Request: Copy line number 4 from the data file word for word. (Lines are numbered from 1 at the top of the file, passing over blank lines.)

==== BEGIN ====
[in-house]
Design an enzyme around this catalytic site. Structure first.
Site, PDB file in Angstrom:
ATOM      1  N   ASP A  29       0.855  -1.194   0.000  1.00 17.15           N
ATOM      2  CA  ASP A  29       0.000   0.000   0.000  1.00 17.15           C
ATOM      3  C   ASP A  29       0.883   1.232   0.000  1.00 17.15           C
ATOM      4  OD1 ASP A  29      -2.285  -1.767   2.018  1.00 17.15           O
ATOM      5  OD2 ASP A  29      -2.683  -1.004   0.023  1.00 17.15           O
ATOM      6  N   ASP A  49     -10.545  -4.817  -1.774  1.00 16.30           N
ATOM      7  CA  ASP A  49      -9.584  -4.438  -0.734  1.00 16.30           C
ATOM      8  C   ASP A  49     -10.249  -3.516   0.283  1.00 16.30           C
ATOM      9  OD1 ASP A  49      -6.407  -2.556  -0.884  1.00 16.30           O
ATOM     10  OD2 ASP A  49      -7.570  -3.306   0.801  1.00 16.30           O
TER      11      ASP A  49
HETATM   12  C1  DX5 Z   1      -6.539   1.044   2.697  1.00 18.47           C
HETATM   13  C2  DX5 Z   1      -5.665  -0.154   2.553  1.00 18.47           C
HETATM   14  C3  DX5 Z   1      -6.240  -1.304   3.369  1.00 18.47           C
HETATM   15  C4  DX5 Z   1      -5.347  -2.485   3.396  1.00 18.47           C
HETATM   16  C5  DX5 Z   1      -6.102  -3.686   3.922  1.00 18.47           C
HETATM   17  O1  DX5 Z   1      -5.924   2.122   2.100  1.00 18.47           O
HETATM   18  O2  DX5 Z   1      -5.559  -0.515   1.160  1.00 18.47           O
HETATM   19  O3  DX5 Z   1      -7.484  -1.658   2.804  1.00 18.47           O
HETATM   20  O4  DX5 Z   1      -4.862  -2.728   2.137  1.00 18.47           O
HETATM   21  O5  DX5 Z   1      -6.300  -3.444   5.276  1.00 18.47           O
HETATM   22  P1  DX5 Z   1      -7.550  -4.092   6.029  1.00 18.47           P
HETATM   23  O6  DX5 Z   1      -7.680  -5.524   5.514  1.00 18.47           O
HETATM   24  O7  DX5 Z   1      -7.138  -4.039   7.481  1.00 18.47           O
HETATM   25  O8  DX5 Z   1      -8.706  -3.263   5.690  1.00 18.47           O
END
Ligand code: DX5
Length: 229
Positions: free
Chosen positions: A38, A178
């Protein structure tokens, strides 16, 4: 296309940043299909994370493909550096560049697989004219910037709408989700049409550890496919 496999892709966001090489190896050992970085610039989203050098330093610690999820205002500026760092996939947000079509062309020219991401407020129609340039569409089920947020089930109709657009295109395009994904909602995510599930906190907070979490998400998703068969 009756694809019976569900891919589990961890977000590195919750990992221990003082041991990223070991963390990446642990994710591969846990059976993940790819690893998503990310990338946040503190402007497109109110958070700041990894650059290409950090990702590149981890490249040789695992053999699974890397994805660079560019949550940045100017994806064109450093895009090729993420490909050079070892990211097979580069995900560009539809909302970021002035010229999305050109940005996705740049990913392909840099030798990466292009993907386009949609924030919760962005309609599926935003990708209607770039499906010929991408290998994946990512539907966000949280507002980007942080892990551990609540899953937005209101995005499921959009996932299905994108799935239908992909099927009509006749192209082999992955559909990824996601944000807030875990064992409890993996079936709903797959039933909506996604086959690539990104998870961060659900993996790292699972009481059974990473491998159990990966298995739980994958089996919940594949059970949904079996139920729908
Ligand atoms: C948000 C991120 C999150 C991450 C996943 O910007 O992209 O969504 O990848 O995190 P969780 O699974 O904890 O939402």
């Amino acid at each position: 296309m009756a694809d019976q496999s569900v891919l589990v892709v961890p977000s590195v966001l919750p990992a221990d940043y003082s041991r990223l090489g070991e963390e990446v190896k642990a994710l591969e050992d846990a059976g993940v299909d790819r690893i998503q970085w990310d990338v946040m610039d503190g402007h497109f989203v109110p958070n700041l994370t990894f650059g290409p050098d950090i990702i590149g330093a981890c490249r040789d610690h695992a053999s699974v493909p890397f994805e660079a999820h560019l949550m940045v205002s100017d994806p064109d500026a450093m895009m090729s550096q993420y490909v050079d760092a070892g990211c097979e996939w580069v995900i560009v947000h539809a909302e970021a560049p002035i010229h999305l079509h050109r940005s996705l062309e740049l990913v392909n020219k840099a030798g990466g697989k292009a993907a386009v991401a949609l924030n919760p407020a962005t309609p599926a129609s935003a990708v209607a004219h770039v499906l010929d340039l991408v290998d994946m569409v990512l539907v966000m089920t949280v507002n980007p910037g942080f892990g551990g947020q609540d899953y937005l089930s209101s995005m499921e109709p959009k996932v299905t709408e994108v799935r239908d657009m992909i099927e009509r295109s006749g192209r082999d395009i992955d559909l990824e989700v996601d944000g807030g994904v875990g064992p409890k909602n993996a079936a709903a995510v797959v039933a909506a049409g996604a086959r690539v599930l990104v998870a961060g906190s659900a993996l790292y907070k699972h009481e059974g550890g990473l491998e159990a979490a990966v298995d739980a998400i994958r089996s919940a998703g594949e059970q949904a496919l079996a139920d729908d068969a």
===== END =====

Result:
ATOM      1  N   ASP A  29       0.855  -1.194   0.000  1.00 17.15           N